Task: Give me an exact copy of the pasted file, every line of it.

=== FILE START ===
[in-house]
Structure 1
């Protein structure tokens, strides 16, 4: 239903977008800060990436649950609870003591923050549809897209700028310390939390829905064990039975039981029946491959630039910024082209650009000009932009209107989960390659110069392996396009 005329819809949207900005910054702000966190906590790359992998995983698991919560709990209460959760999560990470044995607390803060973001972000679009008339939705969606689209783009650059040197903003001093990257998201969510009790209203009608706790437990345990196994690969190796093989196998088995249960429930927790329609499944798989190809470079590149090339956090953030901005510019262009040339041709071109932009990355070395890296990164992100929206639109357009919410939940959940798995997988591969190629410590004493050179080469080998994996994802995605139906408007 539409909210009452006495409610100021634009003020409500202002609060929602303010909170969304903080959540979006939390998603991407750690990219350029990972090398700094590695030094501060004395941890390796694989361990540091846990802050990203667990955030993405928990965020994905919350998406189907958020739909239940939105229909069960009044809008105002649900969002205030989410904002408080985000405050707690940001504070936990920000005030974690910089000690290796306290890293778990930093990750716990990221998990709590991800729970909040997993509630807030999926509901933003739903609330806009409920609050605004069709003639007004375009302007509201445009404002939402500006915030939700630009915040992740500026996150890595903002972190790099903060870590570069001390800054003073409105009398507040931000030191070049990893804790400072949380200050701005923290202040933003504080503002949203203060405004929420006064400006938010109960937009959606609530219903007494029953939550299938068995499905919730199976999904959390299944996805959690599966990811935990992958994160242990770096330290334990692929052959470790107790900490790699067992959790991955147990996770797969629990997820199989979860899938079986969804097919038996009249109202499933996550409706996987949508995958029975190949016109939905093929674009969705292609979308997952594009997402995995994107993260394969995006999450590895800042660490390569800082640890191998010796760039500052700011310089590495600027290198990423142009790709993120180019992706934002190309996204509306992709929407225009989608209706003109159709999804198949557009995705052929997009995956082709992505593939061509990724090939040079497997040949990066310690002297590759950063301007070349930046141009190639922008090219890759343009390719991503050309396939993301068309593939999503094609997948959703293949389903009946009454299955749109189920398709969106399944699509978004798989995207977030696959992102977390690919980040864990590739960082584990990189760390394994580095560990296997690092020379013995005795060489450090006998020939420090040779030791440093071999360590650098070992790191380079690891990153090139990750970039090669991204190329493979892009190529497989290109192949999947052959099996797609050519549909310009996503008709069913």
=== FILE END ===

[in-house]
Structure 1
């Protein structure tokens, strides 16, 4: 239903977008800060990436649950609870003591923050549809897209700028310390939390829905064990039975039981029946491959630039910024082209650009000009932009209107989960390659110069392996396009 005329819809949207900005910054702000966190906590790359992998995983698991919560709990209460959760999560990470044995607390803060973001972000679009008339939705969606689209783009650059040197903003001093990257998201969510009790209203009608706790437990345990196994690969190796093989196998088995249960429930927790329609499944798989190809470079590149090339956090953030901005510019262009040339041709071109932009990355070395890296990164992100929206639109357009919410939940959940798995997988591969190629410590004493050179080469080998994996994802995605139906408007 539409909210009452006495409610100021634009003020409500202002609060929602303010909170969304903080959540979006939390998603991407750690990219350029990972090398700094590695030094501060004395941890390796694989361990540091846990802050990203667990955030993405928990965020994905919350998406189907958020739909239940939105229909069960009044809008105002649900969002205030989410904002408080985000405050707690940001504070936990920000005030974690910089000690290796306290890293778990930093990750716990990221998990709590991800729970909040997993509630807030999926509901933003739903609330806009409920609050605004069709003639007004375009302007509201445009404002939402500006915030939700630009915040992740500026996150890595903002972190790099903060870590570069001390800054003073409105009398507040931000030191070049990893804790400072949380200050701005923290202040933003504080503002949203203060405004929420006064400006938010109960937009959606609530219903007494029953939550299938068995499905919730199976999904959390299944996805959690599966990811935990992958994160242990770096330290334990692929052959470790107790900490790699067992959790991955147990996770797969629990997820199989979860899938079986969804097919038996009249109202499933996550409706996987949508995958029975190949016109939905093929674009969705292609979308997952594009997402995995994107993260394969995006999450590895800042660490390569800082640890191998010796760039500052700011310089590495600027290198990423142009790709993120180019992706934002190309996204509306992709929407225009989608209706003109159709999804198949557009995705052929997009995956082709992505593939061509990724090939040079497997040949990066310690002297590759950063301007070349930046141009190639922008090219890759343009390719991503050309396939993301068309593939999503094609997948959703293949389903009946009454299955749109189920398709969106399944699509978004798989995207977030696959992102977390690919980040864990590739960082584990990189760390394994580095560990296997690092020379013995005795060489450090006998020939420090040779030791440093071999360590650098070992790191380079690891990153090139990750970039090669991204190329493979892009190529497989290109192949999947052959099996797609050519549909310009996503008709069913």